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Do you remember when you developed your new product or service? At some point, you discussed how you were going to get it to market, how you were going to get customers to buy it. What did your checklist look like, to get it to market? Some of the points you probably checked off included:

  • Digital platform to market, such as Facebook, Google adds etc.
  • Brochures, website update, signage etc.
  • Staff and sales training
  • For some, a financial forecast or budget of some sort
  • Secure supply or manufacturing assurances

The above briefly addresses the majority of situations. So we launch, and then we wait to analyse performance. A month or two later all costs are now “sunk costs”, so to beef up our lackluster sales we make a few modifications to our offering, or product, boost our advertising, speak with inspiration at the next sales meeting, and live the next month in hopeful anticipation.

What’s missing from our radar? What significant factor did we possibly miss or undervalue in relation to the launch of our new product?

Logic Vs. Emotion

The following experience would have happened to us all at some point. I remember a few years ago going to a Concert-In-The-Park with a bunch of friends. It was a fantastic event, great music, great weather, awesome company. We all nibbled away at the various snacks and the $10 bottle of sparkling, really tasted like a $100 bottle, despite the plastic glasses! Blimey, did they get the price point wrong on that bottle.

So now, more educated on my bargain shopping I go back to the shop and buy half a dozen bottles more of this excellent value “champagne”. Along comes Christmas, and you guessed it, I lay on the sparkling. And you guessed it again, it tasted like cheap $10 sparkling “wine.”

Ten years ago, a now well-documented study was undertaken by the British Veterinary Society, and the findings apply to all of us and our businesses. In brief, one of the conclusions was that the satisfaction of the customer, about the vet, was dominated more about what the vet wore, and above that of their medical results.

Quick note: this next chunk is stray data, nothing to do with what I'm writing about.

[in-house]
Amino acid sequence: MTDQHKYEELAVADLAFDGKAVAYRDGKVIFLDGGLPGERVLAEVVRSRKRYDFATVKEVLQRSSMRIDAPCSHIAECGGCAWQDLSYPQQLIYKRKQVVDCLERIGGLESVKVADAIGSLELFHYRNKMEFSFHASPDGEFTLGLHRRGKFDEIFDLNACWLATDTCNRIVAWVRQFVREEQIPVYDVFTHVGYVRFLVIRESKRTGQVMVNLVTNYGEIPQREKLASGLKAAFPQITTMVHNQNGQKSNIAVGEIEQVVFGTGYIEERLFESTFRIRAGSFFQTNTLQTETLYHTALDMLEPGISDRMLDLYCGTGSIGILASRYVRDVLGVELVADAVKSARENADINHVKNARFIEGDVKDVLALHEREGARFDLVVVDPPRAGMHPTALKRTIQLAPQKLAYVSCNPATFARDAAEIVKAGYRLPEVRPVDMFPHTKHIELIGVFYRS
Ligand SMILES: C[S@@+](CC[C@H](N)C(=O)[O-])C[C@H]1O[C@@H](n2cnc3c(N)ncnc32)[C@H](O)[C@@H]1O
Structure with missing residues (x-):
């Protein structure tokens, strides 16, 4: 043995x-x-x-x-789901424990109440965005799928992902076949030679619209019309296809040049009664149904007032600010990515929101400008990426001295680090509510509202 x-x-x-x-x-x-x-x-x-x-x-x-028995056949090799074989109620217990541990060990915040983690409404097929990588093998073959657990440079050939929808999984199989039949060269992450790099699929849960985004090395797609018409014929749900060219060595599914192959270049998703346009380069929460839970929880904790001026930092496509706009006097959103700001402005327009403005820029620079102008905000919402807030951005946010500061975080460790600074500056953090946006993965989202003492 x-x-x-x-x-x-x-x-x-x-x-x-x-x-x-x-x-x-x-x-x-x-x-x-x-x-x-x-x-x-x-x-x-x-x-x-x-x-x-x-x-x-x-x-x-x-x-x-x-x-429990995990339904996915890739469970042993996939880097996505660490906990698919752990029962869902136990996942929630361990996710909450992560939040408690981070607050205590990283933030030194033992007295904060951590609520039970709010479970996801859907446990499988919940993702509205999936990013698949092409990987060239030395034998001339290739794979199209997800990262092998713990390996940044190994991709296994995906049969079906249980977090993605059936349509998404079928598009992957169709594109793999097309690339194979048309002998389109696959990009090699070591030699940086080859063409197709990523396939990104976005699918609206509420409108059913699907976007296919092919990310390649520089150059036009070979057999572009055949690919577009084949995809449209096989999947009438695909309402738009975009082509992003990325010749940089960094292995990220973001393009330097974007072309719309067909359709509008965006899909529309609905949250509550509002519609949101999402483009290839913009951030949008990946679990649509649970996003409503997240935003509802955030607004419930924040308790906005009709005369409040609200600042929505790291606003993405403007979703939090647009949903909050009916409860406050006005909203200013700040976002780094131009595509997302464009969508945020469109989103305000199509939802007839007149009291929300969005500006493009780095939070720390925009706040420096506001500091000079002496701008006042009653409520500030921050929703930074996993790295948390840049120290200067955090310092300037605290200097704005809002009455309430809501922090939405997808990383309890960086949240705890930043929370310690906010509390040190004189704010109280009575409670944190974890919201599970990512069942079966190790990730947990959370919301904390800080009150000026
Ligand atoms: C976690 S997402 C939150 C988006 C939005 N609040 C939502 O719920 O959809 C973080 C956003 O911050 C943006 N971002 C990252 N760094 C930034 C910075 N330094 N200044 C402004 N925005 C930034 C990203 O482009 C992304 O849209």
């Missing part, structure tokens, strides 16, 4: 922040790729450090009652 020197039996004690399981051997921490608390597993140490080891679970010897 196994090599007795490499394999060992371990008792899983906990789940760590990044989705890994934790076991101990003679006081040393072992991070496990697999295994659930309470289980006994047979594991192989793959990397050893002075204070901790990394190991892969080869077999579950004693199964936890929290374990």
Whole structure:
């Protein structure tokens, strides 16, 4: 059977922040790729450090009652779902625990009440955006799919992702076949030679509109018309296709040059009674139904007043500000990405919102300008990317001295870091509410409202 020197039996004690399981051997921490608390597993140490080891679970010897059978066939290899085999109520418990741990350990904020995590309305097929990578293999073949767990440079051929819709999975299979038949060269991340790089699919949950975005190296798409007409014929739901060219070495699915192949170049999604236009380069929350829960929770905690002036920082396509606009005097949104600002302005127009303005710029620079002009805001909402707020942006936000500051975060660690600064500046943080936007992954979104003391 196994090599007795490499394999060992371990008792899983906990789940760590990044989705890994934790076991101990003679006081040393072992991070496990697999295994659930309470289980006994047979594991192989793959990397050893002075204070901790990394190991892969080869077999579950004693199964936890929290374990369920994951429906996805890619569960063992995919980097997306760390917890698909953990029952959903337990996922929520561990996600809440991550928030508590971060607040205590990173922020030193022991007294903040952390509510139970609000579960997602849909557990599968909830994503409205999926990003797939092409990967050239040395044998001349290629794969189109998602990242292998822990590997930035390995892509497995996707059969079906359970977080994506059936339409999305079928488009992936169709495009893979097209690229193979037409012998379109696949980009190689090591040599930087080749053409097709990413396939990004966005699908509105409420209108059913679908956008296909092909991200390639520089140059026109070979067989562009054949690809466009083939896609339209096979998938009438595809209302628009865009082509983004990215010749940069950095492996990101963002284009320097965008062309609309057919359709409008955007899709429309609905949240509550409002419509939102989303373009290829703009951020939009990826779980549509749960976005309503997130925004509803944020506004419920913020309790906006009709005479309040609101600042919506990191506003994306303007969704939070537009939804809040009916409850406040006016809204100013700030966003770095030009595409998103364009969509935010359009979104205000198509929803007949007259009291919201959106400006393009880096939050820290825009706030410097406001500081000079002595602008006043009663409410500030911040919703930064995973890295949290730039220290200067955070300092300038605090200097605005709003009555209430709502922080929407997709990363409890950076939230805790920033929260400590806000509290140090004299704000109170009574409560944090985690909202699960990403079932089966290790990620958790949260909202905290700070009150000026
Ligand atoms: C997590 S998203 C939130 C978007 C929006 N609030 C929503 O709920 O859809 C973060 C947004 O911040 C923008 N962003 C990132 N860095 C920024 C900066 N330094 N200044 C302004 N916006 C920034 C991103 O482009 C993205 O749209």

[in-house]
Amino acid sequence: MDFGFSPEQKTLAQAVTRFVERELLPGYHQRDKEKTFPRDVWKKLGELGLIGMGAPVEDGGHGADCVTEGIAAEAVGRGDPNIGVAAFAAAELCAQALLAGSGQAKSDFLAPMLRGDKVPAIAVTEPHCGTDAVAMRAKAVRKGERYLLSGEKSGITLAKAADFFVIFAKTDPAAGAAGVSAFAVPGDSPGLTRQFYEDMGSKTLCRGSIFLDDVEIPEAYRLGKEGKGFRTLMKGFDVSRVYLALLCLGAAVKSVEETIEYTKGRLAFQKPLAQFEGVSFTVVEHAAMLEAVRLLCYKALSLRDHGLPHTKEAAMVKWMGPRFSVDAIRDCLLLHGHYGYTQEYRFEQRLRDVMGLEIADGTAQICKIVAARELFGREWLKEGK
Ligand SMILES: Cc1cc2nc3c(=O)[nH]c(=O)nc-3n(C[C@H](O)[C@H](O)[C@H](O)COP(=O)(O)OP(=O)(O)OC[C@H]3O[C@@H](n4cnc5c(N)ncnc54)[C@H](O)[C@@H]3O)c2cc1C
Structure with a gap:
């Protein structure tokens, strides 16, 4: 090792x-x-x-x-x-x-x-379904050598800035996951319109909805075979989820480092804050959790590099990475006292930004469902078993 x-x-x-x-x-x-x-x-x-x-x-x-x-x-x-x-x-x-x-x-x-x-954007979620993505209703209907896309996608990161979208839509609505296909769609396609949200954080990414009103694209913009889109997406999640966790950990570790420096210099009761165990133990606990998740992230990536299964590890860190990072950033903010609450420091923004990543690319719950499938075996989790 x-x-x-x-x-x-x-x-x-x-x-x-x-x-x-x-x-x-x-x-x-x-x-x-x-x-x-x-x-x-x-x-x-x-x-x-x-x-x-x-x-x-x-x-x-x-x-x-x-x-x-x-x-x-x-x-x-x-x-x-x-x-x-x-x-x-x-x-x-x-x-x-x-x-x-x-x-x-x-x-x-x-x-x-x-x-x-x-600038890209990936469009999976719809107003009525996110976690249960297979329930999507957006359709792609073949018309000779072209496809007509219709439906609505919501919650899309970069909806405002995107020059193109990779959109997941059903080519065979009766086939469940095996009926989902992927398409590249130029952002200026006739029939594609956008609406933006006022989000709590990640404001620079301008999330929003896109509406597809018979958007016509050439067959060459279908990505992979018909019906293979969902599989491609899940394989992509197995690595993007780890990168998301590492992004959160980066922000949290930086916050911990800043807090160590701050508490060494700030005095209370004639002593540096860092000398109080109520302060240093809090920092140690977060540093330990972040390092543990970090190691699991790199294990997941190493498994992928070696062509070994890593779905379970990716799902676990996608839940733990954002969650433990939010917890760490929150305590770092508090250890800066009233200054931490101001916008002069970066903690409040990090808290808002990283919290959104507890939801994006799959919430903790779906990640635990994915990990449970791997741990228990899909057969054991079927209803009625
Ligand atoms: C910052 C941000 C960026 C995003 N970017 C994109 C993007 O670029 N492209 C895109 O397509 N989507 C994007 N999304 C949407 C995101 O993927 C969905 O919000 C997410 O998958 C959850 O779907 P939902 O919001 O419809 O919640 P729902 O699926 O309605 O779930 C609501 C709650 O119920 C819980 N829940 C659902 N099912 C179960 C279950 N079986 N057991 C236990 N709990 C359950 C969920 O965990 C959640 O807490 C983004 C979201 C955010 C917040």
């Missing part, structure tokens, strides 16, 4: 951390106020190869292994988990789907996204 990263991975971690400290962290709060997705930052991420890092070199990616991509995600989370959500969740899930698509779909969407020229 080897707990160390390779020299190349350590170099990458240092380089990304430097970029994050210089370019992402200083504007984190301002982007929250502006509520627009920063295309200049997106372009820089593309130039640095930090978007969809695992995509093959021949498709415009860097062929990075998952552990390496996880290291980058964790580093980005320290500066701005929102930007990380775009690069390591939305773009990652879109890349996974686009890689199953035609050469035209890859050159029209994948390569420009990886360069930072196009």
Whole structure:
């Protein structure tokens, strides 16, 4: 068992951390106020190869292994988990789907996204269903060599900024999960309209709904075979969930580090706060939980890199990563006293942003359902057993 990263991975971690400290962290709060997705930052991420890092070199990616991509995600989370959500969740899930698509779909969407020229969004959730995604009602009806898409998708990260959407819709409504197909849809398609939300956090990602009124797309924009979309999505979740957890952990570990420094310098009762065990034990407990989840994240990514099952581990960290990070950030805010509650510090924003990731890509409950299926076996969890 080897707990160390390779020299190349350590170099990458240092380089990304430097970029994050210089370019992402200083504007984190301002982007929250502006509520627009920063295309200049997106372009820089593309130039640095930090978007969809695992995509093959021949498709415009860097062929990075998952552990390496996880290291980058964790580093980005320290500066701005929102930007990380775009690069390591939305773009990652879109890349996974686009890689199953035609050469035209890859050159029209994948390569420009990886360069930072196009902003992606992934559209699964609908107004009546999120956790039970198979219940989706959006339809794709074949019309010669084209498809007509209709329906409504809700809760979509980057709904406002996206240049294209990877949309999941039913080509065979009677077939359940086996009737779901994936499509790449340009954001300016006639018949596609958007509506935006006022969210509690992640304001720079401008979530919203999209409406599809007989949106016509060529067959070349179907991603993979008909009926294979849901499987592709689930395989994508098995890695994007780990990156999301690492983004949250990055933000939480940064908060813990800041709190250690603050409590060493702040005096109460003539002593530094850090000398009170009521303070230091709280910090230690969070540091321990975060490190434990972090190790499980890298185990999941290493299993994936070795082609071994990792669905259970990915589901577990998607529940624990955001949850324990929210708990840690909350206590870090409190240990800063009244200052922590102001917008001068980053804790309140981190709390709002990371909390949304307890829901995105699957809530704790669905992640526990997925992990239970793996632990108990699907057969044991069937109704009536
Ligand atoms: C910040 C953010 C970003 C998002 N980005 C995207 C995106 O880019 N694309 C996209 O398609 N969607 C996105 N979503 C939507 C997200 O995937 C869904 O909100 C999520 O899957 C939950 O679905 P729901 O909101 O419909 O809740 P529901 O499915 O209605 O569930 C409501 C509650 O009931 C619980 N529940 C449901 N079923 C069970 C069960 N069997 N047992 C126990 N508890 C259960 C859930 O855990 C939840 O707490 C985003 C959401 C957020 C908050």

The message in all of this, plus my sparkling wine, is that it is all in the perception. The experience. You have probably heard this expression before: we buy on emotion and justify on logic. Yet most of the messaging we give out there is all about logic. In fact, most of everything we do about developing and getting our product to market is all about logic.

So back to my headline. If you think your customers will part with their hard-earned cash to buy our product, at least in sufficient quantity to make your business efforts worthwhile, you are wrong. Our customers have a choice.

In today’s’ times, customers hold the power, they are well informed and have access to many alternatives besides your product. The purchase of your product is won or lost in the minds of your customer. So the question is, how do you influence the emotional transaction? How do you go about creating a total experience that results in a significant competitive advantage to you?

How do you rate your business for completely immersing the culture of your team into understanding, living and improving the customer experience?

I ask this because your product is about the experience your customer has with your product, more than the features and benefits of the product itself. As is your service offering, assuming you don’t have a physical product to sell.

So to complete the title of this document: Every Product is a Service. Every Service is about the Experience of the Journey.

Would you like to know more about how to improve the Experience Journey?